Some students want to live in the city where there are lots of things taking place.  For instance, Boston has the largest college student populations of any city in the world, with close to 65-schools and colleges in the greater Boston area. On the opposite side of the spectrum, you may feel more at home at a school in a rural setting.   

Also, consider is the size of the student population and average class sizes within your proposed major.  You may need to break these numbers down to better understand how the size of the student population may affect you personally.  Consider the student population broken into the following categories: total school, undergraduate, by department and by major. 

Academics:  If you are seeking a particular major, your may severely limit your college choices.  Keep in mind that nationwide, approximately 50% of college students change majors at least once before college graduation.  Try to find a school that has several majors of potential interest. 

If you do have a major in mind, make sure to compare the prospective program to other schools.  Consider the program's reputation and record of job placement or acceptance into graduate programs.  Take the time to meet with a representative from that program.

Realistically compare your transcript to the acceptance requirements of each school.  If you are being recruited by a particular school, the athletic program may have some influence in assisting in your acceptance, but for the most part, schools have little leeway.  The special athletic "slots" are usually used on the top players being recruited by that school.  The reality is that better grades, rank, and board scores will provide you more college choices, so study hard!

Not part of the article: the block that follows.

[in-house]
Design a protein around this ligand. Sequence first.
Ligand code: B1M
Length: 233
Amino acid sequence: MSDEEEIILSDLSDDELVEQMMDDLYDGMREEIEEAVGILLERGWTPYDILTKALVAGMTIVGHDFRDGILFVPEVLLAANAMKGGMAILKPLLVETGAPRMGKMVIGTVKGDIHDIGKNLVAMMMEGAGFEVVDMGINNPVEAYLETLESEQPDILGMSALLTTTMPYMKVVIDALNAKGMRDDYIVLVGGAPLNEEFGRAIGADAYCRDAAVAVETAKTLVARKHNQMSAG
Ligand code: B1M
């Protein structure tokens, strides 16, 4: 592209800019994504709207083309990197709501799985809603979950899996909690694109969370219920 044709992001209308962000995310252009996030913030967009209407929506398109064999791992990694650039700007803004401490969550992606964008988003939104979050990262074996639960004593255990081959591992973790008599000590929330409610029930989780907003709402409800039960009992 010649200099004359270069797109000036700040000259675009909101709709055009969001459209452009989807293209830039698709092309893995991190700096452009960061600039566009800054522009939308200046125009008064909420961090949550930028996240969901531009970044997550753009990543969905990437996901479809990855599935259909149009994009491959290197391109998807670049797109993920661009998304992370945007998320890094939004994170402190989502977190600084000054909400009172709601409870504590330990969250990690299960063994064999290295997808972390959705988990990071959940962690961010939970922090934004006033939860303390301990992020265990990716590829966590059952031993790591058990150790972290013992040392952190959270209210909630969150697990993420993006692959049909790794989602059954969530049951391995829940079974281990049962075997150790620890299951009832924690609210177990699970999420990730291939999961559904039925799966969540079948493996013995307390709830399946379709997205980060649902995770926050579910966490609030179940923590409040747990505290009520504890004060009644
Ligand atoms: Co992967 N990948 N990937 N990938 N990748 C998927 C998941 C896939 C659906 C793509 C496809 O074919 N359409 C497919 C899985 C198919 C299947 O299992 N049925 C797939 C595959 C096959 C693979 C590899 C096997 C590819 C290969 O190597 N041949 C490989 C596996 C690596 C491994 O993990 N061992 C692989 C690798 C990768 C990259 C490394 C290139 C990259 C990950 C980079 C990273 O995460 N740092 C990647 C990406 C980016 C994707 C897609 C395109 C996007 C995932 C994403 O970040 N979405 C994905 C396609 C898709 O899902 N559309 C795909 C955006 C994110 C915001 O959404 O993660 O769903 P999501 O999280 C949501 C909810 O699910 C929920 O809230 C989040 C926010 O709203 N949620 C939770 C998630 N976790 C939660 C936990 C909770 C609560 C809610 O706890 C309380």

Financial:  You can quite easily find what it costs to attend schools online.  If you are in contact with a prospective soccer program, they may be able to request a pre-read from admissions during your Junior year to estimate possible academic and need-based aid likely available based on your FASFA forms.  Soccer scholarships are few and far between.  Coaches have many ways of dividing money up for recruits and not all programs are the same.

The costs of a college degree are continually rising and vary greatly.  Some programs are so prestigious or have such exceptional job placement rates that they are worth the extra cost.  Others are not.  If money is a concern, evaluate the pros and cons of paying more. 

Athletic Standards:  What level of play suits you?  How much college soccer have you watched, either on Fox Soccer Channel, streamed off college websites or live on a college campus?  The more college soccer you see, the better you will be informed of where you can play!  You don’t want to waste your time pursuing college soccer programs that are totally out of your reach.  Keep in mind that even within collegiate divisions, there is a lot of variation in athletic standards.